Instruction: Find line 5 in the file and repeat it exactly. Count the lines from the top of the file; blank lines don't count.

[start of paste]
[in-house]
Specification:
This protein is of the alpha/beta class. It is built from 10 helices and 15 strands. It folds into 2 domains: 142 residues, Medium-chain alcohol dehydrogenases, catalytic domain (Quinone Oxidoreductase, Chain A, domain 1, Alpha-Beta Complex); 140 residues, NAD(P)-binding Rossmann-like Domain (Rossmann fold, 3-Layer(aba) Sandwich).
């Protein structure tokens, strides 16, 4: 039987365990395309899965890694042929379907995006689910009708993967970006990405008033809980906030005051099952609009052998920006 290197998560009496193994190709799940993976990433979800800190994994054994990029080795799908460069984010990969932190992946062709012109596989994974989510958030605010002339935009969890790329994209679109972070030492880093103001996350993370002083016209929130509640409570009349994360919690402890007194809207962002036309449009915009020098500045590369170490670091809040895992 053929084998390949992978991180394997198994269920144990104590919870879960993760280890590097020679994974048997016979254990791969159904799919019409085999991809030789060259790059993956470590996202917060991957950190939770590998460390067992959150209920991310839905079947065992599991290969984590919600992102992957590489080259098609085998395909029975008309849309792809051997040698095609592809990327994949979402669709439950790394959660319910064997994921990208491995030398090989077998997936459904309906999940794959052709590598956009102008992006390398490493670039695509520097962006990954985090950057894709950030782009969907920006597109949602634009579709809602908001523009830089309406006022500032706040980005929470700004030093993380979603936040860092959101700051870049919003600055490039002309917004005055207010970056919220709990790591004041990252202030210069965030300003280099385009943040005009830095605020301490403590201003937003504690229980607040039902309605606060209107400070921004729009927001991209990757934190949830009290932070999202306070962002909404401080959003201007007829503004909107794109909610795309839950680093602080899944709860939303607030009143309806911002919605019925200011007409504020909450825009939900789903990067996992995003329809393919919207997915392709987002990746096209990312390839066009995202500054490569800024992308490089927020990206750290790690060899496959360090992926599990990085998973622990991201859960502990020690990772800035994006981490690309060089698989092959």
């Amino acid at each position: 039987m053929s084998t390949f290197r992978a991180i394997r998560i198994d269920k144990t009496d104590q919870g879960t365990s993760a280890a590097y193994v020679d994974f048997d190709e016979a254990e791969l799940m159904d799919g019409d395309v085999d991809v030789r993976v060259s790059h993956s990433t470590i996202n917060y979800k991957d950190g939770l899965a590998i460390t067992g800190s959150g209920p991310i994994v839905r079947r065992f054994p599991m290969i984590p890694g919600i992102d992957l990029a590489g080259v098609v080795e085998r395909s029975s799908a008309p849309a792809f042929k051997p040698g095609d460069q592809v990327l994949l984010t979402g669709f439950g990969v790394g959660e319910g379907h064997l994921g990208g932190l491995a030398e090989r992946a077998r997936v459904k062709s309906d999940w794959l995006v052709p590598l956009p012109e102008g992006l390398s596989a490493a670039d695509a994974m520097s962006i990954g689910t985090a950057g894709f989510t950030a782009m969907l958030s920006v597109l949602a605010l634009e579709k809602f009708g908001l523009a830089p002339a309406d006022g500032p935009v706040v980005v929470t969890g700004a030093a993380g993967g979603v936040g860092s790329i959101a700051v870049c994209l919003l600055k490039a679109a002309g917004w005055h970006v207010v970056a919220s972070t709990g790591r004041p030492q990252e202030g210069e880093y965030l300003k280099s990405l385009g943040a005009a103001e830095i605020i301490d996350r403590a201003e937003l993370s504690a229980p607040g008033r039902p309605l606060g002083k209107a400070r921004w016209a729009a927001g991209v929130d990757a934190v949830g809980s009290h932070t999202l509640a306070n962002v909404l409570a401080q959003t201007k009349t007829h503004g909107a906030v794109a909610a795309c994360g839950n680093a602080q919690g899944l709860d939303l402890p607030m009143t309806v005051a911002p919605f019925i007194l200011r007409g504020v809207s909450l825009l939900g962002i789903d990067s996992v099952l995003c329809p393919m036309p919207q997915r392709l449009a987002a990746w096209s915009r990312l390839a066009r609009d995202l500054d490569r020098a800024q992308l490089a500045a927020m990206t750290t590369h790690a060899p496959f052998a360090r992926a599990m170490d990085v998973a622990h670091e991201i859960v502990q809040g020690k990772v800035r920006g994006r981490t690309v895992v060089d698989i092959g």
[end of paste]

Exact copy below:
């Amino acid at each position: 039987m053929s084998t390949f290197r992978a991180i394997r998560i198994d269920k144990t009496d104590q919870g879960t365990s993760a280890a590097y193994v020679d994974f048997d190709e016979a254990e791969l799940m159904d799919g019409d395309v085999d991809v030789r993976v060259s790059h993956s990433t470590i996202n917060y979800k991957d950190g939770l899965a590998i460390t067992g800190s959150g209920p991310i994994v839905r079947r065992f054994p599991m290969i984590p890694g919600i992102d992957l990029a590489g080259v098609v080795e085998r395909s029975s799908a008309p849309a792809f042929k051997p040698g095609d460069q592809v990327l994949l984010t979402g669709f439950g990969v790394g959660e319910g379907h064997l994921g990208g932190l491995a030398e090989r992946a077998r997936v459904k062709s309906d999940w794959l995006v052709p590598l956009p012109e102008g992006l390398s596989a490493a670039d695509a994974m520097s962006i990954g689910t985090a950057g894709f989510t950030a782009m969907l958030s920006v597109l949602a605010l634009e579709k809602f009708g908001l523009a830089p002339a309406d006022g500032p935009v706040v980005v929470t969890g700004a030093a993380g993967g979603v936040g860092s790329i959101a700051v870049c994209l919003l600055k490039a679109a002309g917004w005055h970006v207010v970056a919220s972070t709990g790591r004041p030492q990252e202030g210069e880093y965030l300003k280099s990405l385009g943040a005009a103001e830095i605020i301490d996350r403590a201003e937003l993370s504690a229980p607040g008033r039902p309605l606060g002083k209107a400070r921004w016209a729009a927001g991209v929130d990757a934190v949830g809980s009290h932070t999202l509640a306070n962002v909404l409570a401080q959003t201007k009349t007829h503004g909107a906030v794109a909610a795309c994360g839950n680093a602080q919690g899944l709860d939303l402890p607030m009143t309806v005051a911002p919605f019925i007194l200011r007409g504020v809207s909450l825009l939900g962002i789903d990067s996992v099952l995003c329809p393919m036309p919207q997915r392709l449009a987002a990746w096209s915009r990312l390839a066009r609009d995202l500054d490569r020098a800024q992308l490089a500045a927020m990206t750290t590369h790690a060899p496959f052998a360090r992926a599990m170490d990085v998973a622990h670091e991201i859960v502990q809040g020690k990772v800035r920006g994006r981490t690309v895992v060089d698989i092959g």